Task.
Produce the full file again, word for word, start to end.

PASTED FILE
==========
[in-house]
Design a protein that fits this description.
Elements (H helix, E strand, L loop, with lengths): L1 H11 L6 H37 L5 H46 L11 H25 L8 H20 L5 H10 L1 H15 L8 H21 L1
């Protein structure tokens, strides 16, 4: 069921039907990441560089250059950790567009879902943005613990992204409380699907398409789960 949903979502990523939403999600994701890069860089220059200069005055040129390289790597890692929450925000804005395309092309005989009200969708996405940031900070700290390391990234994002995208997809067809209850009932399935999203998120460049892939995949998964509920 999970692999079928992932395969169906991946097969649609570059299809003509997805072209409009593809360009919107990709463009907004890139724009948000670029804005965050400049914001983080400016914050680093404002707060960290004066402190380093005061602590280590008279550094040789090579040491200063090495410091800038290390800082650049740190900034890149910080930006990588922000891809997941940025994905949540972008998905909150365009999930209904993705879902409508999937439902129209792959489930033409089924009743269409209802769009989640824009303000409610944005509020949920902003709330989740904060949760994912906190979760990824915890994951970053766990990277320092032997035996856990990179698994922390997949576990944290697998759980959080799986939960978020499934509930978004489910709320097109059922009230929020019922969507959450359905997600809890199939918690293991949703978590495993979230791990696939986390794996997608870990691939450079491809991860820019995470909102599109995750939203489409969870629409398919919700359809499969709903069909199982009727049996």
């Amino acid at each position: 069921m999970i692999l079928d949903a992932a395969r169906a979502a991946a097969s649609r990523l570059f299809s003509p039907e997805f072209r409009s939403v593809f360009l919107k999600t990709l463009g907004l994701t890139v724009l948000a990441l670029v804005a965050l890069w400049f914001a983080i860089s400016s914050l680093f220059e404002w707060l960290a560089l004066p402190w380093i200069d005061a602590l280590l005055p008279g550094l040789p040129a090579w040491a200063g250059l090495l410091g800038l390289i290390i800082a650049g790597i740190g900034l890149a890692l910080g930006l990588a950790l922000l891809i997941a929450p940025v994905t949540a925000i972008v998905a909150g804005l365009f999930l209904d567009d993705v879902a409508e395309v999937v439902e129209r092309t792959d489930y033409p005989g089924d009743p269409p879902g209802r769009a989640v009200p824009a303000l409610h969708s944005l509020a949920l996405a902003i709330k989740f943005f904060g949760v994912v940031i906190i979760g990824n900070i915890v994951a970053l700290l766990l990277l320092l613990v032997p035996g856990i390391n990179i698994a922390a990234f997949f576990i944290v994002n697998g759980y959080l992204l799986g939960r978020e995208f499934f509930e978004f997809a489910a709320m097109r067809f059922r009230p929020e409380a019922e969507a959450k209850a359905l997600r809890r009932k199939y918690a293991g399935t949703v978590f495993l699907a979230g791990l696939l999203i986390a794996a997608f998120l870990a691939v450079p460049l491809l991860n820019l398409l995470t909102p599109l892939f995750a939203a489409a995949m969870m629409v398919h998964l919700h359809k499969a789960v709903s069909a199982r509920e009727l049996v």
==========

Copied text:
[in-house]
Design a protein that fits this description.
Elements (H helix, E strand, L loop, with lengths): L1 H11 L6 H37 L5 H46 L11 H25 L8 H20 L5 H10 L1 H15 L8 H21 L1
């Protein structure tokens, strides 16, 4: 069921039907990441560089250059950790567009879902943005613990992204409380699907398409789960 949903979502990523939403999600994701890069860089220059200069005055040129390289790597890692929450925000804005395309092309005989009200969708996405940031900070700290390391990234994002995208997809067809209850009932399935999203998120460049892939995949998964509920 999970692999079928992932395969169906991946097969649609570059299809003509997805072209409009593809360009919107990709463009907004890139724009948000670029804005965050400049914001983080400016914050680093404002707060960290004066402190380093005061602590280590008279550094040789090579040491200063090495410091800038290390800082650049740190900034890149910080930006990588922000891809997941940025994905949540972008998905909150365009999930209904993705879902409508999937439902129209792959489930033409089924009743269409209802769009989640824009303000409610944005509020949920902003709330989740904060949760994912906190979760990824915890994951970053766990990277320092032997035996856990990179698994922390997949576990944290697998759980959080799986939960978020499934509930978004489910709320097109059922009230929020019922969507959450359905997600809890199939918690293991949703978590495993979230791990696939986390794996997608870990691939450079491809991860820019995470909102599109995750939203489409969870629409398919919700359809499969709903069909199982009727049996």
């Amino acid at each position: 069921m999970i692999l079928d949903a992932a395969r169906a979502a991946a097969s649609r990523l570059f299809s003509p039907e997805f072209r409009s939403v593809f360009l919107k999600t990709l463009g907004l994701t890139v724009l948000a990441l670029v804005a965050l890069w400049f914001a983080i860089s400016s914050l680093f220059e404002w707060l960290a560089l004066p402190w380093i200069d005061a602590l280590l005055p008279g550094l040789p040129a090579w040491a200063g250059l090495l410091g800038l390289i290390i800082a650049g790597i740190g900034l890149a890692l910080g930006l990588a950790l922000l891809i997941a929450p940025v994905t949540a925000i972008v998905a909150g804005l365009f999930l209904d567009d993705v879902a409508e395309v999937v439902e129209r092309t792959d489930y033409p005989g089924d009743p269409p879902g209802r769009a989640v009200p824009a303000l409610h969708s944005l509020a949920l996405a902003i709330k989740f943005f904060g949760v994912v940031i906190i979760g990824n900070i915890v994951a970053l700290l766990l990277l320092l613990v032997p035996g856990i390391n990179i698994a922390a990234f997949f576990i944290v994002n697998g759980y959080l992204l799986g939960r978020e995208f499934f509930e978004f997809a489910a709320m097109r067809f059922r009230p929020e409380a019922e969507a959450k209850a359905l997600r809890r009932k199939y918690a293991g399935t949703v978590f495993l699907a979230g791990l696939l999203i986390a794996a997608f998120l870990a691939v450079p460049l491809l991860n820019l398409l995470t909102p599109l892939f995750a939203a489409a995949m969870m629409v398919h998964l919700h359809k499969a789960v709903s069909a199982r509920e009727l049996v």